The coronavirus disease 2019 (COVID-19) crisis has certainly impacted most of our lives and the AEC industry in which we operate. As I write this article, our understanding of the coronavirus that causes COVID-19 continues to evolve in a very fluid manner.

In consideration of personal protective equipment (PPE) in social spaces, people have gravitated to variations of face masks. The U.S Food & Drug Administration (FDA) and Centers for Disease Control and Prevention (CDC) have both issued advice for proper respirator types and usage for respiratory protection preparedness. One of the primary challenges in filtering the coronavirus is that such virions are extremely small. According to emerging research, such as which is exhibited by the National Center for Biotechnology Information (NCBI), coronavirus virions are spherical with diameters of approximately 0.13 micrometers.


Just How Small is a Virus?

Let us put the size of a micrometer into perspective. Figure 1 exhibits a graphic representation of the relative diameter of a variety of particles. While bacteria exists in a wide variety of shapes and sizes, the figure categorically depicts bacteria as having a representative diameter of 1µm (micrometer). By comparison, the diameter of a strand of human hair can range between 17 to 181 µm (60 µm is depicted in the figure).

At the other end of the spectrum are viruses, which can range between 0.02 - 0.40 µm. Again, coronavirus virions tend to exist on the smaller end of the range. In simple and generalized terms, a coronavirus can be 1/10 of the size of a bacteria cell, which is 1/10 of the size of a dust particle, which is around 1/10 of the diameter of a strand of human hair.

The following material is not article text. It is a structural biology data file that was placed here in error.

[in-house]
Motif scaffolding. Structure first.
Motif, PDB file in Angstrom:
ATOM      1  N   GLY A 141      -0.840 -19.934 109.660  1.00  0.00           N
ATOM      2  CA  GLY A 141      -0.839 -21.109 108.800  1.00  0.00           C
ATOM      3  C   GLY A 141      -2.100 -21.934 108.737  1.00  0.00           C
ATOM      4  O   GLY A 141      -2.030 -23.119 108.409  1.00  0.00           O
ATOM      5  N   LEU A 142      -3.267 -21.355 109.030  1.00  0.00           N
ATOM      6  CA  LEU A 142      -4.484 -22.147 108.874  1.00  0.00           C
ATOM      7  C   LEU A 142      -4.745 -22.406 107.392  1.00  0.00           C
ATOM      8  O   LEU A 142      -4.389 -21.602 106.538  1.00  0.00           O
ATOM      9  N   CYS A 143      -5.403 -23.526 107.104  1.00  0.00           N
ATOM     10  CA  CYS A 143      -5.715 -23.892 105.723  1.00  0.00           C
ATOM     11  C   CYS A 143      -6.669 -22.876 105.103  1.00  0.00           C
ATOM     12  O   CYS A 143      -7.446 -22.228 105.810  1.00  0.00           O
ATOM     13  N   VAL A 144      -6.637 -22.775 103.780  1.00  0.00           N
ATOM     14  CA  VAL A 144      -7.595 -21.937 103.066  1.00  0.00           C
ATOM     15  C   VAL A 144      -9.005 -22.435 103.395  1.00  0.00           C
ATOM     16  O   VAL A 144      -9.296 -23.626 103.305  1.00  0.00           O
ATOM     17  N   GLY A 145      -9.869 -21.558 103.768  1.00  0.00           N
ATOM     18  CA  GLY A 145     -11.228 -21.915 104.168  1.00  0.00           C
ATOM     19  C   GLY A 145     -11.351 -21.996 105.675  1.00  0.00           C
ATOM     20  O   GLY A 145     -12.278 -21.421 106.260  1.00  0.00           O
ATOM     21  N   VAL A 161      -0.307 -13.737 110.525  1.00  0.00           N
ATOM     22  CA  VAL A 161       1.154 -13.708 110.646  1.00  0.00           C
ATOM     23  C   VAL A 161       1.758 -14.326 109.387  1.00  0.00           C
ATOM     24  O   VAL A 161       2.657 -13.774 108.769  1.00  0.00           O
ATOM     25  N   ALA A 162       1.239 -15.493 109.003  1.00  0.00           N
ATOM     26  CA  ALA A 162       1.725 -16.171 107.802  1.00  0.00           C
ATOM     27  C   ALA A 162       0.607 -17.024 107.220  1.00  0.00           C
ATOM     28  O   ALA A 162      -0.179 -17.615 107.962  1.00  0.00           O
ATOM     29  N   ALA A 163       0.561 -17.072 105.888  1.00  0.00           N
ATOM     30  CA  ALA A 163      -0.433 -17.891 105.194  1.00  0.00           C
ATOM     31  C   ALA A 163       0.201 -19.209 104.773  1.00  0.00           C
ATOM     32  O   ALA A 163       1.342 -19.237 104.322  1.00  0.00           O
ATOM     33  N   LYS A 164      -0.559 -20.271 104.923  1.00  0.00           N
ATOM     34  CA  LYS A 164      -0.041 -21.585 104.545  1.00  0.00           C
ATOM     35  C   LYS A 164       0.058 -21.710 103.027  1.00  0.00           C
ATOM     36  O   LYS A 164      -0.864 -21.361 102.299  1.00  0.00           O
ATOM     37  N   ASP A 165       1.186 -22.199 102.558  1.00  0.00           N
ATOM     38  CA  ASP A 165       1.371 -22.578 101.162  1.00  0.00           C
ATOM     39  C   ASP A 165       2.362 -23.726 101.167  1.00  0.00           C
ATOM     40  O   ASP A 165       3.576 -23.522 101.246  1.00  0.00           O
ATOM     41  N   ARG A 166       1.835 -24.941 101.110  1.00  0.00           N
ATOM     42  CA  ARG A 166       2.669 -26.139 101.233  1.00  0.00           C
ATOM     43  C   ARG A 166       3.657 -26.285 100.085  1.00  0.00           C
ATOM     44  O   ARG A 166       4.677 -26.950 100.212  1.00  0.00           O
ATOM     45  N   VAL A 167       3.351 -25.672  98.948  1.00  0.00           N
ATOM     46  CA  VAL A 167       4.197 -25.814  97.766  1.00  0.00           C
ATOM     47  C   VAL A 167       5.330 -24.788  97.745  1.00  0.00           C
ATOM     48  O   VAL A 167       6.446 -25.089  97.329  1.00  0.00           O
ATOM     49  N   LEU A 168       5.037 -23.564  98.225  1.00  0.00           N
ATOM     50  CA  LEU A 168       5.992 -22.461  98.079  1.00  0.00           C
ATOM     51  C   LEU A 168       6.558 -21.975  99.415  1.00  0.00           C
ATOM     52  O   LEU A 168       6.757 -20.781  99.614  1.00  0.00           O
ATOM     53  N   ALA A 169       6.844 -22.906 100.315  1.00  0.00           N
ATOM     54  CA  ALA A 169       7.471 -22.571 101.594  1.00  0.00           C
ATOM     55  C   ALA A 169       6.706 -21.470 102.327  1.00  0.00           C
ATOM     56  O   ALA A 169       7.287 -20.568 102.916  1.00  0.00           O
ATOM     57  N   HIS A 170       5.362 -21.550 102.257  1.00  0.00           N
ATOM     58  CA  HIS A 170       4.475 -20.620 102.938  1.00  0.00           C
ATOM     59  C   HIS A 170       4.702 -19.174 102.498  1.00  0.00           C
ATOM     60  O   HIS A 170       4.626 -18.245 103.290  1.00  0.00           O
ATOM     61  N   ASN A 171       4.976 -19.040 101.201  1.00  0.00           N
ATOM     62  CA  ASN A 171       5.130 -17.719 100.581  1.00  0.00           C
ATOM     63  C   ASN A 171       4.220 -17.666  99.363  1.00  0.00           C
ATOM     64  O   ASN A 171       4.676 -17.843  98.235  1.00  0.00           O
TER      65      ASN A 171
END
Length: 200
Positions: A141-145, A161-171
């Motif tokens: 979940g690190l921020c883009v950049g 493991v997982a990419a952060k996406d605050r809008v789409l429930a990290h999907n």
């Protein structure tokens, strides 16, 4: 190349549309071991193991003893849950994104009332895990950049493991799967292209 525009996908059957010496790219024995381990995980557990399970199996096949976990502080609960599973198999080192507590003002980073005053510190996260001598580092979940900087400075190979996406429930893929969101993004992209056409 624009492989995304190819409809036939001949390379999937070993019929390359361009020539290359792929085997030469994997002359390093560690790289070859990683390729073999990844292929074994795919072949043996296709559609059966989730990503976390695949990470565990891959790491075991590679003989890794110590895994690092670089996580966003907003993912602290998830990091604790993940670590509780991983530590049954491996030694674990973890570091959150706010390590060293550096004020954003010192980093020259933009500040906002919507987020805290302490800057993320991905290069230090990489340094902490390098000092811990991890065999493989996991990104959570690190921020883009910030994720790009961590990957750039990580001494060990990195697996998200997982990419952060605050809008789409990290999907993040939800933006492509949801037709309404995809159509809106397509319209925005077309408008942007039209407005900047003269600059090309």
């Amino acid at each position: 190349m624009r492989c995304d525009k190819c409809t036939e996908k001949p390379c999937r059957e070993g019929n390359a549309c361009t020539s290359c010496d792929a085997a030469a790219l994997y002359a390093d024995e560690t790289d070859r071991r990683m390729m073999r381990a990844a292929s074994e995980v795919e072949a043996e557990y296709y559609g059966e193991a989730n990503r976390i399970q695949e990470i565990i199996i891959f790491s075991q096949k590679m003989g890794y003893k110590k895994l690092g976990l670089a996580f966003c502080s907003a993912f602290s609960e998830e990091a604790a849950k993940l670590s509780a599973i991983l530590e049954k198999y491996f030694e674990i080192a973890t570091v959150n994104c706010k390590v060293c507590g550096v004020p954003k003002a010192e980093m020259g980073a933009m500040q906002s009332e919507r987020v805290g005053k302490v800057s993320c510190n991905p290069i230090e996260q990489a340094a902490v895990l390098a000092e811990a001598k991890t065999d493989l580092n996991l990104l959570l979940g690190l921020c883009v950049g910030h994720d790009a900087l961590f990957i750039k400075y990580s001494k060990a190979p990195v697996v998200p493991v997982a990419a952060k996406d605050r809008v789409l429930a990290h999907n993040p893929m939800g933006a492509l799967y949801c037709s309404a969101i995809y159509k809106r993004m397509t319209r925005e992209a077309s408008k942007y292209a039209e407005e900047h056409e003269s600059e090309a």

Figure 1: Relative Particle Sizes.
Illustration by Daniel Overbey.



Can HVAC filters stop viruses?

Among other issues, this crisis has renewed my personal interest in air filtration as a critical strategy for indoor air quality.

Can HVAC filters effectively capture viruses? It depends. Let us consider the potential effectiveness of filters through the lens of their equivalent MERV ratings.


MERV Filter Ratings

The Minimum Efficiency Reporting Value (MERV) is a standard that rates the overall effectiveness of air filters. MERV ratings range from 1-20, with higher values indicating increased filtration across increasingly smaller particles sizes.

So, why not always use filters with high MERV ratings? The higher the MERV rating, the more expensive the filter; but also the smaller the pores in the filter that allow air penetration. Higher MERV filters can create more resistance in airflow than an HVAC system may be designed to handle; which could make it perform less efficiently. By reducing the air flow in an HVAC system, higher MERV filters can actually worsen the indoor air quality and put a damaging amount of pressure on the furnace/air-handler fan. Filtration levels require research and a balanced approach with energy and other performance considerations.

To put MERV ratings into perspective, most residential/light commercial HVAC systems will use a filter between MERV 8-13. On the high-end of the spectrum, MERV 14-20 filters are typically used in hospitals and similar settings.